I think this really hits the nail on the head - no matter what you bring up to a true believing member, they can nuance that particular thing to avoid confronting it.

I've noticed some of the more liberal apologists (the Jim Bennett CES reply really goes at this) will admit the global flood likely never happened, yet explain you could have the overall story work. The problem is that this is nonsensical from a historical standpoint, but that doesn't matter if you're just looking to nuance one problem and ignore the issues it opens up.

I didn't see the Jeffrey Arrrr quote though - I need to check that out.

One of Joseph Smith's biggest mistakes was making the Biblical stories so literal to the point where the Book of Mormon relies on them being literal. The good news for Joseph Smith and the church is that most members will do the gymnastics to avoid the implications that come from it.

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Hagoth
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Re: How essential is a literal Adam and Eve story to Mormonism?

Post by Hagoth » Fri Jul 24, 2020 4:43 pm

I know I have shared this before, but this article by Jeffrey Holland is a masterpiece golden age Mormon doctrine that shows just how much nuancing and backpeddaling is going on in the church now. Read it alongside the DNA essay for a real eye-opening experience:

https://www.churchofjesuschrist.org/stu ... d?lang=eng
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Re: How essential is a literal Adam and Eve story to Mormonism?

Post by Reuben » Fri Jul 24, 2020 8:30 pm

jfro18 wrote:
Fri Jul 24, 2020 3:23 pm
Reuben wrote:
Fri Jul 24, 2020 2:02 pm
Anyway, that suggests a point of caution in this discussion: let's remember that the official doctrine, however much establishing it is like nailing Jell-o to a wall, isn't the same as what Mormons believe. Officially, Adam and Eve exist, and we even have Jeffrey Arrrrr Holland recently saying that they must or the atonement is nonsense. A lot of believing Mormons don't accept that, but they generally can't say so.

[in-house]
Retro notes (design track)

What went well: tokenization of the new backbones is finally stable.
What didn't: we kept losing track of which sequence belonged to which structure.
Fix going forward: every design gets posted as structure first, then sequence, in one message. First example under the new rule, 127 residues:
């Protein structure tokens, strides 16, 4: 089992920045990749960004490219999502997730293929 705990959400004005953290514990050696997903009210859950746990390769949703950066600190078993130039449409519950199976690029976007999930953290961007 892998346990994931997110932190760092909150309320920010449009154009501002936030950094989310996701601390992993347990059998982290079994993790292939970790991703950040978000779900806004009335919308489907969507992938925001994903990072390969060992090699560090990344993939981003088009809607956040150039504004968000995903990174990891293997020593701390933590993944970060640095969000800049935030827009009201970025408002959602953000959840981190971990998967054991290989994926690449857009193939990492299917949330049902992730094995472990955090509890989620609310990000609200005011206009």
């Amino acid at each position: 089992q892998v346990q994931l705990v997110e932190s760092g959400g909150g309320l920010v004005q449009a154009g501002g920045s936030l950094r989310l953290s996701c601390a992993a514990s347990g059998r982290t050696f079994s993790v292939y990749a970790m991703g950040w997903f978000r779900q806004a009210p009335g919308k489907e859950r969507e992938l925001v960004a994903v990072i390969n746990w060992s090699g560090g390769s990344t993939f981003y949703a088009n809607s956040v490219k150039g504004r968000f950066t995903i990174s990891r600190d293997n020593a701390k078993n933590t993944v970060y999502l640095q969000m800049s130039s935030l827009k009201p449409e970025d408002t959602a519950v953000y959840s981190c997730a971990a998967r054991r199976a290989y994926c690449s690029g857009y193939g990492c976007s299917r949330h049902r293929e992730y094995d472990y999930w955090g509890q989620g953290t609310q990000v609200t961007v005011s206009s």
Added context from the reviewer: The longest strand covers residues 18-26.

I think this really hits the nail on the head - no matter what you bring up to a true believing member, they can nuance that particular thing to avoid confronting it.

I've noticed some of the more liberal apologists (the Jim Bennett CES reply really goes at this) will admit the global flood likely never happened, yet explain you could have the overall story work. The problem is that this is nonsensical from a historical standpoint, but that doesn't matter if you're just looking to nuance one problem and ignore the issues it opens up.

I didn't see the Jeffrey Arrrr quote though - I need to check that out.
https://www.churchofjesuschrist.org/stu ... mercy-meet
In our increasingly secular society, it is as uncommon as it is unfashionable to speak of Adam and Eve or the Garden of Eden or of a “fortunate fall” into mortality. Nevertheless, the simple truth is that we cannot fully comprehend the Atonement and Resurrection of Christ and we will not adequately appreciate the unique purpose of His birth or His death—in other words, there is no way to truly celebrate Christmas or Easter—without understanding that there was an actual Adam and Eve who fell from an actual Eden, with all the consequences that fall carried with it.
This was in 2015, before my faith transition, so it caused me some discomfort. I shrugged it off. At that point, I had learned to allow myself to disagree with apostles.

Odd that he blames "our increasingly secular society." I would have said back then (and would still say now) that it's because we can see more accurately into our past.

I think I overstated the strength of his assertion earlier. Mea culpa.
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Re: How essential is a literal Adam and Eve story to Mormonism?

Post by Corsair » Fri Jul 24, 2020 10:00 pm

Reuben wrote:
Fri Jul 24, 2020 8:30 pm
In our increasingly secular society, it is as uncommon as it is unfashionable to speak of Adam and Eve or the Garden of Eden or of a “fortunate fall” into mortality. Nevertheless, the simple truth is that we cannot fully comprehend the Atonement and Resurrection of Christ and we will not adequately appreciate the unique purpose of His birth or His death—in other words, there is no way to truly celebrate Christmas or Easter—without understanding that there was an actual Adam and Eve who fell from an actual Eden, with all the consequences that fall carried with it.
This was in 2015, before my faith transition, so it caused me some discomfort. I shrugged it off. At that point, I had learned to allow myself to disagree with apostles.
My problem with JRH statement is that it implies an unnecessary literalness. It's not that Adam and Eve are necessary. It's that the LDS versions of Adam and Eve. LDS theology is built around a narrow vision of Adam and Eve and the church has firmly attached the temple endowment drama to this view. But Adam and Eve don't really make any day to day difference even to believers. Sure, they pray to Jesus, but Adam's involvement is not necessary.